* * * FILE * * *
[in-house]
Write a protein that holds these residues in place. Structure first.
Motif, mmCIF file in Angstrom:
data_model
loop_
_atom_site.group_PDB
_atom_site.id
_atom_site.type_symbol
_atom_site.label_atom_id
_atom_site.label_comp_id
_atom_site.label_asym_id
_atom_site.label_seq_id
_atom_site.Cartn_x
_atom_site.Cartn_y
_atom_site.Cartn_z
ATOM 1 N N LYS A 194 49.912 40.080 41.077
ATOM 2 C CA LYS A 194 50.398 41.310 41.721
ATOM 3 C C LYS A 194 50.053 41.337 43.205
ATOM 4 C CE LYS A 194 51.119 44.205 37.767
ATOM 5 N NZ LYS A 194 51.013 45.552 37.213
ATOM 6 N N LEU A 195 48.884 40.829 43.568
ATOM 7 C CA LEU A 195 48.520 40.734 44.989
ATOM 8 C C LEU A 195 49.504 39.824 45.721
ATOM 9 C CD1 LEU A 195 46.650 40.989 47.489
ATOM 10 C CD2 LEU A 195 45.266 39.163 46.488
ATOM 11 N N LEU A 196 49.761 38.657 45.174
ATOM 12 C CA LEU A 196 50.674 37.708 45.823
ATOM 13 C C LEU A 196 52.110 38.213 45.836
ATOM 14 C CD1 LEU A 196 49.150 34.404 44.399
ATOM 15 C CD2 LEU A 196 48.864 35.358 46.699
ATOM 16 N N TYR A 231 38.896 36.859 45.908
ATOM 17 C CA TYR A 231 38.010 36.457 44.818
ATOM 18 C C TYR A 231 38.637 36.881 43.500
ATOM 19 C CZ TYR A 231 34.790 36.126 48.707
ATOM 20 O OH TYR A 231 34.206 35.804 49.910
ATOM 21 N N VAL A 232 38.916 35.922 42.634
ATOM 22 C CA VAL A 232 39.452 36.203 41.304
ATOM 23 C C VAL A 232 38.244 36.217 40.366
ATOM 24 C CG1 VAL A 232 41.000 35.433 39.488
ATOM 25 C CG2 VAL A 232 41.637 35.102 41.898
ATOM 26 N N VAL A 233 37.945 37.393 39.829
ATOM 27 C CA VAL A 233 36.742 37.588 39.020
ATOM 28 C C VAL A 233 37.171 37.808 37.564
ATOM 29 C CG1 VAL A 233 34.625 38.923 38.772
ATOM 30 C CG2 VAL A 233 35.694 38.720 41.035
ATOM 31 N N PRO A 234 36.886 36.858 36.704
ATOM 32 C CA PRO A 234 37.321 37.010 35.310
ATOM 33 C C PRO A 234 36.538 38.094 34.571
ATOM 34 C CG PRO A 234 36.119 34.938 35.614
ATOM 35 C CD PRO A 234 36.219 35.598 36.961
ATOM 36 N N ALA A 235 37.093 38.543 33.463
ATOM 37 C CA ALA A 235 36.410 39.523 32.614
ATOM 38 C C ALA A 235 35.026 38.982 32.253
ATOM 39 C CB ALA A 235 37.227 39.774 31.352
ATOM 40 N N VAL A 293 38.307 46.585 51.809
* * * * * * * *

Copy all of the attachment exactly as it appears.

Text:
[in-house]
Write a protein that holds these residues in place. Structure first.
Motif, mmCIF file in Angstrom:
data_model
loop_
_atom_site.group_PDB
_atom_site.id
_atom_site.type_symbol
_atom_site.label_atom_id
_atom_site.label_comp_id
_atom_site.label_asym_id
_atom_site.label_seq_id
_atom_site.Cartn_x
_atom_site.Cartn_y
_atom_site.Cartn_z
ATOM 1 N N LYS A 194 49.912 40.080 41.077
ATOM 2 C CA LYS A 194 50.398 41.310 41.721
ATOM 3 C C LYS A 194 50.053 41.337 43.205
ATOM 4 C CE LYS A 194 51.119 44.205 37.767
ATOM 5 N NZ LYS A 194 51.013 45.552 37.213
ATOM 6 N N LEU A 195 48.884 40.829 43.568
ATOM 7 C CA LEU A 195 48.520 40.734 44.989
ATOM 8 C C LEU A 195 49.504 39.824 45.721
ATOM 9 C CD1 LEU A 195 46.650 40.989 47.489
ATOM 10 C CD2 LEU A 195 45.266 39.163 46.488
ATOM 11 N N LEU A 196 49.761 38.657 45.174
ATOM 12 C CA LEU A 196 50.674 37.708 45.823
ATOM 13 C C LEU A 196 52.110 38.213 45.836
ATOM 14 C CD1 LEU A 196 49.150 34.404 44.399
ATOM 15 C CD2 LEU A 196 48.864 35.358 46.699
ATOM 16 N N TYR A 231 38.896 36.859 45.908
ATOM 17 C CA TYR A 231 38.010 36.457 44.818
ATOM 18 C C TYR A 231 38.637 36.881 43.500
ATOM 19 C CZ TYR A 231 34.790 36.126 48.707
ATOM 20 O OH TYR A 231 34.206 35.804 49.910
ATOM 21 N N VAL A 232 38.916 35.922 42.634
ATOM 22 C CA VAL A 232 39.452 36.203 41.304
ATOM 23 C C VAL A 232 38.244 36.217 40.366
ATOM 24 C CG1 VAL A 232 41.000 35.433 39.488
ATOM 25 C CG2 VAL A 232 41.637 35.102 41.898
ATOM 26 N N VAL A 233 37.945 37.393 39.829
ATOM 27 C CA VAL A 233 36.742 37.588 39.020
ATOM 28 C C VAL A 233 37.171 37.808 37.564
ATOM 29 C CG1 VAL A 233 34.625 38.923 38.772
ATOM 30 C CG2 VAL A 233 35.694 38.720 41.035
ATOM 31 N N PRO A 234 36.886 36.858 36.704
ATOM 32 C CA PRO A 234 37.321 37.010 35.310
ATOM 33 C C PRO A 234 36.538 38.094 34.571
ATOM 34 C CG PRO A 234 36.119 34.938 35.614
ATOM 35 C CD PRO A 234 36.219 35.598 36.961
ATOM 36 N N ALA A 235 37.093 38.543 33.463
ATOM 37 C CA ALA A 235 36.410 39.523 32.614
ATOM 38 C C ALA A 235 35.026 38.982 32.253
ATOM 39 C CB ALA A 235 37.227 39.774 31.352
ATOM 40 N N VAL A 293 38.307 46.585 51.809